The New York lights glitter in the night. In West Egg, a mansion is filled with crowds adorned in opulent ’20s garments. Guests dance and converse on every confetti-blanketed surface. Fireworks boom above their heads as restlessness envelopes the air.
First, take a story set in 1920s America about the inability to forget the past, the pursuit of the American Dream and, ultimately, tragedy. Add the mysterious and moneyed Jay Gatsby, and you have arguably the best piece of Jazz Age American fiction.
Thanks to Australian writer, producer and director Baz Luhrmann, I’ll be able to see my favorite novel come alive (again) with his rendition of F. Scott Fitzgerald’s beloved classic “The Great Gatsby,” in theaters Friday.
“That book is now,” Luhrmann said at the movie’s world premiere. “That book is us. That book reflects who we are, where we are now. I mean, it’s always relevant, but it’s particularly relevant now.”
Luhrmann’s work of art will be released in 3-D as well as 2-D.
Effervescent diamonds, suede furniture and fringe that Tina Turner would be proud of — all of this will intermix on the big screen with a star-packed cast: Leonardo DiCaprio playing Gatsby, Carey Mulligan as Daisy Buchanan, Isla Fisher as Myrtle Wilson and Tobey Maguire as the novel’s narrator, Nick Carraway.
I’ve loved DiCaprio since his Jack Dawson days, so having him play the title character is the icing on the cake.
“When you’re talking about that character with those qualities, there’s not much of a list,” Luhrmann said at the premiere. “It was always Leonardo.”
Despite being a little bitter that the original release date of Christmas 2012 didn’t go according to plan, I’m happy to see the film come to fruition this weekend.
In the novel that debuted in 1925, Minnesota-born Fitzgerald depicts what some would consider the moral-loosening era with ease, having lived through it himself.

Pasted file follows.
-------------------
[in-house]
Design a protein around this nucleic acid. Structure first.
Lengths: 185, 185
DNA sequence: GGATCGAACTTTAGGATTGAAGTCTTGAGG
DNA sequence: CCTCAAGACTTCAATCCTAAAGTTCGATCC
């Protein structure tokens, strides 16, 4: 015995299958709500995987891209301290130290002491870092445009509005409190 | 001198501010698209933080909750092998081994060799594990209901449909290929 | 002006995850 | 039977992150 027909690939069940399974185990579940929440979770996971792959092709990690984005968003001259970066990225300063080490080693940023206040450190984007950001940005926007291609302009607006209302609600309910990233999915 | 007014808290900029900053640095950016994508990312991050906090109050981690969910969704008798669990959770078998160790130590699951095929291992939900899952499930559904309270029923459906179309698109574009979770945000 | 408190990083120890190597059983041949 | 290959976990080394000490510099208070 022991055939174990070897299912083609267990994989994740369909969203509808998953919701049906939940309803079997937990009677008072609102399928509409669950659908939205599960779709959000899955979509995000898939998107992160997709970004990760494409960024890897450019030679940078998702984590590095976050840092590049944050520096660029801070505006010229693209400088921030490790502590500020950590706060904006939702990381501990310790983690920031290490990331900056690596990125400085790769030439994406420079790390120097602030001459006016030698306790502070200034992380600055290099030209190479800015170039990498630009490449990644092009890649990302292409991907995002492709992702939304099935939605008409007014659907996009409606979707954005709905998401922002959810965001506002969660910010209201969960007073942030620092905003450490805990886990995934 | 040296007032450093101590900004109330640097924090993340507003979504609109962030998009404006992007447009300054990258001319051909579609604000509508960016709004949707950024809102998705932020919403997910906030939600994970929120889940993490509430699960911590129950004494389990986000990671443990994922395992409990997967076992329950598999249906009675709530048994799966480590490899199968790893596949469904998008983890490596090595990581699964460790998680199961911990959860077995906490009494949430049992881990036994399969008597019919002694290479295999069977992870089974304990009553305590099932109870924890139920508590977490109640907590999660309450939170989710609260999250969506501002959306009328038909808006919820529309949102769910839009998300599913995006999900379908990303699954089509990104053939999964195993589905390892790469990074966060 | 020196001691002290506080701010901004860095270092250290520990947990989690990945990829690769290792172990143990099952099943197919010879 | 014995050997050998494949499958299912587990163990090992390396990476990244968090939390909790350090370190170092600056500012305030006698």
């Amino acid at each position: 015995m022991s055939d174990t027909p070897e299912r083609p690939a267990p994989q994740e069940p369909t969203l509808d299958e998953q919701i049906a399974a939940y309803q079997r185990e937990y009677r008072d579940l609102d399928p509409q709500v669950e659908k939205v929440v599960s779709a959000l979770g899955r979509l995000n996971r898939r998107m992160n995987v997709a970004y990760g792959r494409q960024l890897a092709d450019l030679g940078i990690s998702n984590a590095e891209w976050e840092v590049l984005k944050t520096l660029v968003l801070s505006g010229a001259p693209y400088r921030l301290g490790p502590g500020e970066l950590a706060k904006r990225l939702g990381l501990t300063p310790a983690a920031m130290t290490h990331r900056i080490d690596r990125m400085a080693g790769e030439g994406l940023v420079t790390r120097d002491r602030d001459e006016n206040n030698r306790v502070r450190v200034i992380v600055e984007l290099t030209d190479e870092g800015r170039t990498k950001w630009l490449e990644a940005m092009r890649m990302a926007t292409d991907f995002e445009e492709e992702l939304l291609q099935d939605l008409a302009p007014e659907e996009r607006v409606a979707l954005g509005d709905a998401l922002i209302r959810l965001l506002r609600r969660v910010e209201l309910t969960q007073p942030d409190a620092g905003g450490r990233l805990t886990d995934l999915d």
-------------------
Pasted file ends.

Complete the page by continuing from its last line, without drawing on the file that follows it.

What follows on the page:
I was able to get a taste of the decade in Woody Allen’s 2011 film, “Midnight in Paris,” when the film’s main character, Gil Pender (played by Owen Wilson), is sent back to the Roaring Twenties. Pender even “meets” Fitzgerald and his wife, Zelda, in the movie.
But it’s a whole different story when it’s your favorite novel.
How can you not be excited for “Gatsby” after seeing the three official movie trailers? They’re visual feasts.
The second trailer opens with Gatsby talking about his life from “(living) in all the capitols of Europe, collecting jewels, hunting big game, painting a little,” presenting the track “No Church in the Wild” by Kanye West and Jay-Z, featuring Grammy nominee Frank Ocean.
And it wouldn’t be a trailer without the glimpse of a ritzy, glitter-gold party in true Gatsby fashion. Red Solo cups aren’t on the grocery list.
The trailer progresses with Filter’s rendition of The Turtle’s “Happy Together” as the background track for a scene featuring Gatsby and Daisy. Clever, clever.
Intensity pinnacles as the trailer flashes action-packed, chilling scenes.
While this won’t be the first time Fitzgerald’s masterpiece has been made into a film, it’s never been in the hands of Luhrmann, the guy who brought you “Moulin Rouge!” and “Romeo + Juliet.”
The film’s soundtrack was released on Tuesday. The collection features big-name musicians Jay-Z, will.i.am, Lana Del Rey, Florence + The Machine, Gotye and Jack White with his cover of U2’s “Love Is Blindness.”
Florence + The Machine’s “Over the Love” was made specifically for the soundtrack, written from the point of view of leading lady Daisy Buchanan: “There’s green light in my eyes/And my lover on my mind.”
Hopefully you “Gatsby” fanatics out there got the not-so-subtle splendor of that lyric from the track.
Each song on the soundtrack is a puzzle piece, fitting perfectly into Luhrmann’s depiction of Fitzgerald’s novel.
Get out your bubbly and diamonds: “The Great Gatsby” is bound to be a box office hit. And if the film lives up to the trailers, Luhrmann can start writing his Oscar acceptance speech (Calling it!).
“So we beat on, boats against the current, borne back ceaselessly into the past.”
— “The Great Gatsby,” F. Scott Fitzgerald